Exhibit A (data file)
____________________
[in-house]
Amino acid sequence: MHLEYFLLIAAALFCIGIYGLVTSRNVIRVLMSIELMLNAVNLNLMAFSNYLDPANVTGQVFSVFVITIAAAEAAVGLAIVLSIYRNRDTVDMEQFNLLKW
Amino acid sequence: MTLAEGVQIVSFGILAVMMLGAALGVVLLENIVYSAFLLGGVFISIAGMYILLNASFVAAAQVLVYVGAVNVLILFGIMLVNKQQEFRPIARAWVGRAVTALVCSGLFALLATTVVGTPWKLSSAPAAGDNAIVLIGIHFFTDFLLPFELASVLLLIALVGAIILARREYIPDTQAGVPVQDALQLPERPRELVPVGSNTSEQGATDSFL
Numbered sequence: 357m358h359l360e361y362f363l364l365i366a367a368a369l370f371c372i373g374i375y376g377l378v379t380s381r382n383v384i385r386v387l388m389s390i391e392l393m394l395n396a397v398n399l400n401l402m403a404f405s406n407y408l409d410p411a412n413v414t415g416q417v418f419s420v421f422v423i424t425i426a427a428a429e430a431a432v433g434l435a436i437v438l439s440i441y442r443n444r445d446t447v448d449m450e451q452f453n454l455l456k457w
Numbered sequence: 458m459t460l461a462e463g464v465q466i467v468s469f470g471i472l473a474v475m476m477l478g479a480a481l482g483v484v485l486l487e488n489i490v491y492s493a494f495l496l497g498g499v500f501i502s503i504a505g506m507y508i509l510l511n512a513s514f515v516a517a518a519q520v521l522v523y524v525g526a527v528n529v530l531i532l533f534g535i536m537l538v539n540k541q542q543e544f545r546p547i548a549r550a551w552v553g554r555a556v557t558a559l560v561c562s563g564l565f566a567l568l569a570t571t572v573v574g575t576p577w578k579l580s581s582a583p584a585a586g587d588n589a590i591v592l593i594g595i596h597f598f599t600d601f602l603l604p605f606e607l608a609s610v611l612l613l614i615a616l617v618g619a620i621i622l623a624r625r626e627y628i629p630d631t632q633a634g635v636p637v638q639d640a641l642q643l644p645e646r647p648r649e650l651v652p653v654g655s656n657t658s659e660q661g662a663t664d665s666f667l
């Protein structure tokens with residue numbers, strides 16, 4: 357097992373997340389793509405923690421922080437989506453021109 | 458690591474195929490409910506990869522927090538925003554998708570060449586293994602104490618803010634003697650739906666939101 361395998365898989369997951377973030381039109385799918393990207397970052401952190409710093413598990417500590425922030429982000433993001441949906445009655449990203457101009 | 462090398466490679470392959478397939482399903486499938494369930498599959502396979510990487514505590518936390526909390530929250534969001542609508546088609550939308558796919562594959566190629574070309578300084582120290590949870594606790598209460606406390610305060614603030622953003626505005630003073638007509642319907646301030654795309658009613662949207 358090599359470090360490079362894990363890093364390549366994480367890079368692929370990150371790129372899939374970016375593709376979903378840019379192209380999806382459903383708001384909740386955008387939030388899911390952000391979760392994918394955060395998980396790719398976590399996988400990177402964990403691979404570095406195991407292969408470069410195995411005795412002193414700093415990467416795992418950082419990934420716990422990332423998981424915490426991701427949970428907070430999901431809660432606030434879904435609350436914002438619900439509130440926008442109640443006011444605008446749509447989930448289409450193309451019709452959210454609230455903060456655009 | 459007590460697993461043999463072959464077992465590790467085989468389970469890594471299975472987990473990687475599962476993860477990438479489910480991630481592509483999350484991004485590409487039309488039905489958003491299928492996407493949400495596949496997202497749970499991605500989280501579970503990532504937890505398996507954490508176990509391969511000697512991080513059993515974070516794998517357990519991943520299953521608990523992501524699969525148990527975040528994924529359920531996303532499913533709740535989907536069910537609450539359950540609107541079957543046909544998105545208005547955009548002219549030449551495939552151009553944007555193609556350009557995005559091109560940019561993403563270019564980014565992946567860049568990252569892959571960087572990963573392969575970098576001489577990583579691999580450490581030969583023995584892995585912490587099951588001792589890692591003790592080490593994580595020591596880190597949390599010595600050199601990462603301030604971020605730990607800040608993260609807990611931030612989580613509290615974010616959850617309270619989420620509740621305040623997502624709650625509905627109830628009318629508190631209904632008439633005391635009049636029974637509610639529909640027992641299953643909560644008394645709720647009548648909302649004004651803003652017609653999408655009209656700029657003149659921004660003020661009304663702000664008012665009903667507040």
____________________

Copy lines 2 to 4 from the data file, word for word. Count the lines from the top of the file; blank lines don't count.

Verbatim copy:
Amino acid sequence: MHLEYFLLIAAALFCIGIYGLVTSRNVIRVLMSIELMLNAVNLNLMAFSNYLDPANVTGQVFSVFVITIAAAEAAVGLAIVLSIYRNRDTVDMEQFNLLKW
Amino acid sequence: MTLAEGVQIVSFGILAVMMLGAALGVVLLENIVYSAFLLGGVFISIAGMYILLNASFVAAAQVLVYVGAVNVLILFGIMLVNKQQEFRPIARAWVGRAVTALVCSGLFALLATTVVGTPWKLSSAPAAGDNAIVLIGIHFFTDFLLPFELASVLLLIALVGAIILARREYIPDTQAGVPVQDALQLPERPRELVPVGSNTSEQGATDSFL
Numbered sequence: 357m358h359l360e361y362f363l364l365i366a367a368a369l370f371c372i373g374i375y376g377l378v379t380s381r382n383v384i385r386v387l388m389s390i391e392l393m394l395n396a397v398n399l400n401l402m403a404f405s406n407y408l409d410p411a412n413v414t415g416q417v418f419s420v421f422v423i424t425i426a427a428a429e430a431a432v433g434l435a436i437v438l439s440i441y442r443n444r445d446t447v448d449m450e451q452f453n454l455l456k457w